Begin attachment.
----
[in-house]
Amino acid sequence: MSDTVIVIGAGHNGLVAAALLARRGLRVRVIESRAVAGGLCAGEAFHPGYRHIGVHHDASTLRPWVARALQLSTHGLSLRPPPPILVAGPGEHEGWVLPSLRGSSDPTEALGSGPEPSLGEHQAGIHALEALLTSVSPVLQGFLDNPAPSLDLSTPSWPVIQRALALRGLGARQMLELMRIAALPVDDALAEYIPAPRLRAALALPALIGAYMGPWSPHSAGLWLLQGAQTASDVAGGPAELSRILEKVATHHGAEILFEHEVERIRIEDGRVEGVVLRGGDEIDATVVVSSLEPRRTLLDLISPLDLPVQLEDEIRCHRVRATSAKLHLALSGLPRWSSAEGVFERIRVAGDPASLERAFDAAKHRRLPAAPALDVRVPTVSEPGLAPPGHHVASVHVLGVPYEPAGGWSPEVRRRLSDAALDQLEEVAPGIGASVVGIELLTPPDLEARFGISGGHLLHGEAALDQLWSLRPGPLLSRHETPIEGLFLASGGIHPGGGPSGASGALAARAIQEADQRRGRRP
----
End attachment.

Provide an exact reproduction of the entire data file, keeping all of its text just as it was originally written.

[in-house]
Amino acid sequence: MSDTVIVIGAGHNGLVAAALLARRGLRVRVIESRAVAGGLCAGEAFHPGYRHIGVHHDASTLRPWVARALQLSTHGLSLRPPPPILVAGPGEHEGWVLPSLRGSSDPTEALGSGPEPSLGEHQAGIHALEALLTSVSPVLQGFLDNPAPSLDLSTPSWPVIQRALALRGLGARQMLELMRIAALPVDDALAEYIPAPRLRAALALPALIGAYMGPWSPHSAGLWLLQGAQTASDVAGGPAELSRILEKVATHHGAEILFEHEVERIRIEDGRVEGVVLRGGDEIDATVVVSSLEPRRTLLDLISPLDLPVQLEDEIRCHRVRATSAKLHLALSGLPRWSSAEGVFERIRVAGDPASLERAFDAAKHRRLPAAPALDVRVPTVSEPGLAPPGHHVASVHVLGVPYEPAGGWSPEVRRRLSDAALDQLEEVAPGIGASVVGIELLTPPDLEARFGISGGHLLHGEAALDQLWSLRPGPLLSRHETPIEGLFLASGGIHPGGGPSGASGALAARAIQEADQRRGRRP